Turkey’s tourism industry suffering from Israelis’ rebuff

Israelis have, in effect, launched a boycott against Turkey.

July 1, 2010 22:33
3 minute read.
PART OF a Turkish ad campaign launched in March to

Turkey Tourism 311. (photo credit: Courtesy)


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With all charter flights to Turkey canceled and the sole remaining carrier, Turkish Airlines, reducing flight numbers and plane sizes, the Turkish tourism sector is beginning to feel the loss of the small but profitable Israeli tourism market.

Since the May 31 Israeli raid on the Gaza-bound Mavi Marmara, and Turkish Prime Minister Recep Tayyip Erdogan’s subsequent hostile rhetoric, Israelis have, in effect, launched a boycott against Turkey.

The Turkish daily Hurriyet reported Wednesday that the Turkish economy has lost at least $400 million due to cancelled Israeli renovations, and that some Turkish tour agencies are facing bankruptcy.

“Our company’s main business channel has been cut,” Levent Güner, the owner of Levantin Tour, told the paper. “Who will retrieve my 3.5 million-lira loss?” For the last 15 years, Turkey has been a primary travel destination for Israeli vacationers, particularly during the summer school vacation.

Planeloads of tourists would make their way on chartered flights to the all-inclusive resorts in Antalya and Bodrum.

But on Wednesday, when the Israel Airports Authority published its outlook for summer travel, Turkish destinations were nowhere to be seen. A list once dominated by them is now led by Greece, Italy, Germany, Spain and the United States.

According to Ran Rahav Public Relations, the firm that represents the Turkish Tourism Board in Israel, 18,000 Israelis entered Turkey in May and 72,465 Israelis have flown there since the beginning of the year.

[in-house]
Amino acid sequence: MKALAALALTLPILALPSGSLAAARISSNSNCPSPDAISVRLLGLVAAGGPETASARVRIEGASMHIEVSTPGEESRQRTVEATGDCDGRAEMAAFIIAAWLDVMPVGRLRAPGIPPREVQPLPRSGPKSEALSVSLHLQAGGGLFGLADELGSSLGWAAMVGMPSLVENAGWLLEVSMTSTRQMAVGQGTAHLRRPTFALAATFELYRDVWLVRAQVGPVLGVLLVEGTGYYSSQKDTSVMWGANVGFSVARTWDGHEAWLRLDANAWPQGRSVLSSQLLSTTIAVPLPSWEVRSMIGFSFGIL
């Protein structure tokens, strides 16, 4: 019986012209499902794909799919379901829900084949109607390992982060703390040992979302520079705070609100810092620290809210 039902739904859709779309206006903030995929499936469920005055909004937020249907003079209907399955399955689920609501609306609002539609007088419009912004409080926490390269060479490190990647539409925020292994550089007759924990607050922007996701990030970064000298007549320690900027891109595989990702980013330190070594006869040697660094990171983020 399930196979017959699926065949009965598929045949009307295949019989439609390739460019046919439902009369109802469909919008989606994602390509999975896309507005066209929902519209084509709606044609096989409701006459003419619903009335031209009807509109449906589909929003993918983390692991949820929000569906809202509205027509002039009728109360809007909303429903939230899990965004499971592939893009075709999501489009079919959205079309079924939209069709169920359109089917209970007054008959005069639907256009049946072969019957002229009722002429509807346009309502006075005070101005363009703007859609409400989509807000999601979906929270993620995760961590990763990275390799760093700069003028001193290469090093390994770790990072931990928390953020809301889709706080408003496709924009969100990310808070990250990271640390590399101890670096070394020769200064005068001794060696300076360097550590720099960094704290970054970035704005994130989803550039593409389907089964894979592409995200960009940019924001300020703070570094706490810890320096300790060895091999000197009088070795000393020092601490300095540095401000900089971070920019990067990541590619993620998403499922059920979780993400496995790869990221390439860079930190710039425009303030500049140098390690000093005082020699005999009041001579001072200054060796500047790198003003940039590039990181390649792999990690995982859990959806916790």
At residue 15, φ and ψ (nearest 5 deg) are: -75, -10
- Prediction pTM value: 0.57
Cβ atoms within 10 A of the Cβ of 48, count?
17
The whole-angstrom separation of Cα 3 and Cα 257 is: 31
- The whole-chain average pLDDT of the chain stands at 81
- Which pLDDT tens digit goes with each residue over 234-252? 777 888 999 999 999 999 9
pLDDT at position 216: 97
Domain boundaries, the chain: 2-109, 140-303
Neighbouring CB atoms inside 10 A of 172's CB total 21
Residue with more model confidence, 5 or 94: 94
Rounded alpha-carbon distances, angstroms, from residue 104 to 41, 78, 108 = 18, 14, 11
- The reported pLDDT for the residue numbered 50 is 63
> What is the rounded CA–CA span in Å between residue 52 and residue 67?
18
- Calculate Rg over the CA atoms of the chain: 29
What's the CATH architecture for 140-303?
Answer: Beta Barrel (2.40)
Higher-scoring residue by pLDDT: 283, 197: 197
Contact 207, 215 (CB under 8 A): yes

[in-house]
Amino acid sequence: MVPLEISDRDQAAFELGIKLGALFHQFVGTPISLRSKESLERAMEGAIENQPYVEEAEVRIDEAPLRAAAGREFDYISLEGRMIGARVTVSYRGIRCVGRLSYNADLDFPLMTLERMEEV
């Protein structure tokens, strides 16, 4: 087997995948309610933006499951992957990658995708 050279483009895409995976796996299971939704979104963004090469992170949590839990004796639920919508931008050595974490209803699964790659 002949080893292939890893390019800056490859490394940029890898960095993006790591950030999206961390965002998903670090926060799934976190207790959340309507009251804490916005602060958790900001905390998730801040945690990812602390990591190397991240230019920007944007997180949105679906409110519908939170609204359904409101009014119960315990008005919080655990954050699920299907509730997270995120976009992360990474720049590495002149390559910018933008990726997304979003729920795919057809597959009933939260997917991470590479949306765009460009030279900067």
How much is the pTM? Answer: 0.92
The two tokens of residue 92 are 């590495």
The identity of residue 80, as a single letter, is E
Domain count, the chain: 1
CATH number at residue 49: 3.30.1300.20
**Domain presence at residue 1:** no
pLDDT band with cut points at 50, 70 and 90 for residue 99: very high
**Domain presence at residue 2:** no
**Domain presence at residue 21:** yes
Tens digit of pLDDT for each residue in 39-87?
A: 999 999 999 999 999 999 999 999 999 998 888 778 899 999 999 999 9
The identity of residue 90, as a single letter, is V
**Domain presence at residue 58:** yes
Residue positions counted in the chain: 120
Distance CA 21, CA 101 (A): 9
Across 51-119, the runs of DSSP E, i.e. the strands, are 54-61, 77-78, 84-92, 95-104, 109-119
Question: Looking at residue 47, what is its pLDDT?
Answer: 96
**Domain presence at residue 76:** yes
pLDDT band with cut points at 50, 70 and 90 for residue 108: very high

Both numbers are increases compared to the same period year, when tourism to Turkey had also plunged following that country’s hostile response to Operation Cast Lead.

On Wednesday, Turkish Airlines announced that it would be replacing the Airbus 321 planes on the Tel Aviv-Istanbul route with the Airbus 320, which carries 30 fewer passengers. The airline said that while it is not officially canceling any of its 25 weekly flights, when planes are not full, it might combine flights.

Joseph Fischer, owner’s representative and executive board member of IDB Tourism, said he believed the losses cited in the Hurriyet article was a low estimate, because it didn’t calculate the losses to flight operators and the lost revenues of Turkish merchants.

“There are simply no more charter flights to Turkey and back.

None of the companies are even offering packages to Turkey anymore,” he Fischer.

“In previous years, a single company could fill up five flights a day during July and August. No matter how cheap flights are, that adds up,” he said.

“You also have to take into account that Israelis, unlike other vacationers, spend money outside the resort, too. While a German or Dutch tourist may go to a resort and never leave the premises, for Israelis a major part of the vacation is the shopping and spending.

It’s rare for someone who goes to Turkey to come back without a leather jacket or a carpet,” said Fisher. “There’s also the money spent on gambling.”

The main beneficiaries of the Israeli abandonment of Turkey appear to Greece and the Greek Islands, Cyprus and Eastern European countries. Their relative proximity to Israel and the similar climate makes them attractive substitutes, even if they don’t offer the much-adored all-inclusive resorts that Israelis found in Bodrum, Marmaris and Fethiye.

Another likely beneficiary will be the local tourism industry.

Many Israelis shunning Turkey have chosen instead to vacation in Eilat, the Dead Sea and Tiberias.

The hotel industry is prepared for the onslaught and is already warning of overbooking. As a result of the high demand, there will be far fewer discounts this summer.

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